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The breadth of talent competition shows on television makes it difficult to follow more than a few on a regular basis. Though I am a devoted viewer of So You Think You Can Dance and America’s Best Dance Crew, I find that America’s Got Talent doesn’t inspire that same kind of commitment in me. That being said, I have seen enough of the show to know the two main reasons why it turns me off. Read on to learn more.


For those of you who are unfamiliar with the show, AGT’s three judges – this season’s judges are Howard Stern, Sharon Osbourne and Howie Mandel – sit at a table, each judge with his or her own “X” button.  When a judge decides that an act is unworthy of advancing in the competition, he or she hits the button, illuminating a large “X” that hangs above the stage and sounding a loud buzzer.

But it is not just the judges that an AGT contestant must contend with; dissatisfied AGT audience members make their opinions known by booing aggressively until the judges illuminate all three “X”s. When all three “X”s have been illuminated, the performer(s) must stop performing to listen to what is often insulting feedback by the judges. Herein lies my first gripe with AGT.

I find that the aforementioned elements of AGT encourage snarky criticism and bullying in general, which cheapens the feedback process. Obviously not every performer is fit to have a show in Las Vegas, but is it too idealistic to hope that each performer could leave his or her AGT audition with one thing to focus on, instead of being disheartened? I thought the main focus of America’s Got Talent was to celebrate talent and creativity, not to discourage it.

Hierarchy of acts

AGT sees a wide variety of performing acts – musicians, singers, dancers, magicians, comedians, danger acts and everything in between. Performers are often rejected if something goes wrong in the act, or if the act is not of a high enough caliber to perform on a Las Vegas stage – each of which is a fair criterion. But for whatever reason, the dance acts that perform on AGT seem to start at a disadvantage purely because they are dance acts…and frankly, I think that sucks.

In AGT Season 7’s “Week 1, Night 1” episode, the audience saw a performance by Elements Dance Crew, a group of young women who clogged with a hip-hop edge. After receiving a standing ovation from the audience and positive feedback from Sharon Osbourne, Howard Stern commented that  “Sometimes when the dance acts come on, I kind of hit the fast-forward [button] because I am waiting and waiting, and I just don’t get it.” He then said, “I truly admire your dedication. You guys were spot-on.” If Stern’s ultimate feedback was going to be positive, why did he need to take a jab at dancers everywhere before he said it?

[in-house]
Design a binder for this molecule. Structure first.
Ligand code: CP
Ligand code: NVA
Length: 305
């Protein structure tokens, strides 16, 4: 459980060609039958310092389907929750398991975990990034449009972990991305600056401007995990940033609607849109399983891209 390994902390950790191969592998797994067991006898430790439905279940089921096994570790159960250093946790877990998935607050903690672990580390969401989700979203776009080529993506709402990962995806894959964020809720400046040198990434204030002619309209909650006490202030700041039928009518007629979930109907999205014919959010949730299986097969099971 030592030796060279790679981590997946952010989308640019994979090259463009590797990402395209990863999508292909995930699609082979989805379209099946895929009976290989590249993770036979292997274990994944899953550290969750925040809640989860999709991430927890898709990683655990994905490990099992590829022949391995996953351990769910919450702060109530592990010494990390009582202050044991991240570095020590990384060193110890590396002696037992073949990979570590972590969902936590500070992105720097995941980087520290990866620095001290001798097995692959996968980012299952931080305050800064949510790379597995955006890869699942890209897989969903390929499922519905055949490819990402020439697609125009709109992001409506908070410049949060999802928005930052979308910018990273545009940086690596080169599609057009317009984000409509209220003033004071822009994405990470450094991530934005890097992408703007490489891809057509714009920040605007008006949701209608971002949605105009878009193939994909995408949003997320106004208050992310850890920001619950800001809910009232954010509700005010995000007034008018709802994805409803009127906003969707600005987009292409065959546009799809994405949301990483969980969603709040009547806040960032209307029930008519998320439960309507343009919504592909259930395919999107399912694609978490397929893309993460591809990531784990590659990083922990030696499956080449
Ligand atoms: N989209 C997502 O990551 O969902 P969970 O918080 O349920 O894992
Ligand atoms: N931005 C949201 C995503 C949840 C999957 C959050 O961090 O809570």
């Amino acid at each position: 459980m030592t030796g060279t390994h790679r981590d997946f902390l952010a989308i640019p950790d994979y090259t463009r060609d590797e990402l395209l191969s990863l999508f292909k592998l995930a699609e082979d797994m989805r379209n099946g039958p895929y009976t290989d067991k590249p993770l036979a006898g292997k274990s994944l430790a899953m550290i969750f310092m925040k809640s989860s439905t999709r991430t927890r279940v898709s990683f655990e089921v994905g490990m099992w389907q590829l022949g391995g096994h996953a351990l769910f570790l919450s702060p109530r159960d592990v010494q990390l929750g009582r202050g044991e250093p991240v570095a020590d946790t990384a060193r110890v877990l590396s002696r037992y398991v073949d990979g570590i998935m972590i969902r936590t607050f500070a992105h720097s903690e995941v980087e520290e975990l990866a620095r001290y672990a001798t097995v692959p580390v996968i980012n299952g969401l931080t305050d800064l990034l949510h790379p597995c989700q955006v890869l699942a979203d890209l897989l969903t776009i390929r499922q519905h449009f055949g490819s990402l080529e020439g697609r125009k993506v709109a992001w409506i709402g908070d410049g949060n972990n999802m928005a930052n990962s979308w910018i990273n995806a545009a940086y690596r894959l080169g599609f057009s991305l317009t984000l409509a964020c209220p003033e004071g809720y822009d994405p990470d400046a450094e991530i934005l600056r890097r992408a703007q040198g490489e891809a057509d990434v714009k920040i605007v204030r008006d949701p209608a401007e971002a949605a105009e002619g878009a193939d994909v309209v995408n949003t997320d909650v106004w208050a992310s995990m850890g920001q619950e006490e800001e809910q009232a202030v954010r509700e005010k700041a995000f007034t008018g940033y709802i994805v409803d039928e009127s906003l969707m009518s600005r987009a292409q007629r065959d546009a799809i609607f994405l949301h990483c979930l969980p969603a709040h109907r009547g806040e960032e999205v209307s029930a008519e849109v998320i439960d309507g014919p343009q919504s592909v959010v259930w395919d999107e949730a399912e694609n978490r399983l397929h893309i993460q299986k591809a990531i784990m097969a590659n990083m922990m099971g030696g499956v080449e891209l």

In the Season 7 “Week 1, Night 2” episode, the Lisa Clark Dancers, who also received a standing O, got a similar response from the judges. Stern stated again in this episode that he is “not a huge fan of dance” because he “starts to zone out.” Howie Mandel said that he was confused because he didn’t know “what kind of show it [was]”. Mandel asked the performers, “Do you have a move? Even one move where you go, ‘You’ve got to see this show?'”. He then voted “No” because, despite the fact that the group was made up of “phenomenal dancers” and had a well-choreographed routine, he just “didn’t see that move.”

None of AGT’s other performers are told that the type of performing they do is somehow less entertaining than those of their competitors, and they generally don’t have their acts reduced to a “cool move.” In fact, in Season 7’s “Week 1, Night 2” episode, just a few acts after the Lisa Clark Dancers performed, Balancer Cristin Sandu performed a single trick and was immediately asked by Osbourne what else he does in his act. The icing on the cake in this particular clip (click the Cristin Sandu link) is that Mandel says no to Cristin because “One amazing trick does not make a headlining act.” In this case, I agree with Mandel, but I don’t know that I will ever agree with his clear double standard.

Am I the only one who is offended by the AGT judges’ dismissive nature toward dance? Leave me a comment and let me know your thoughts!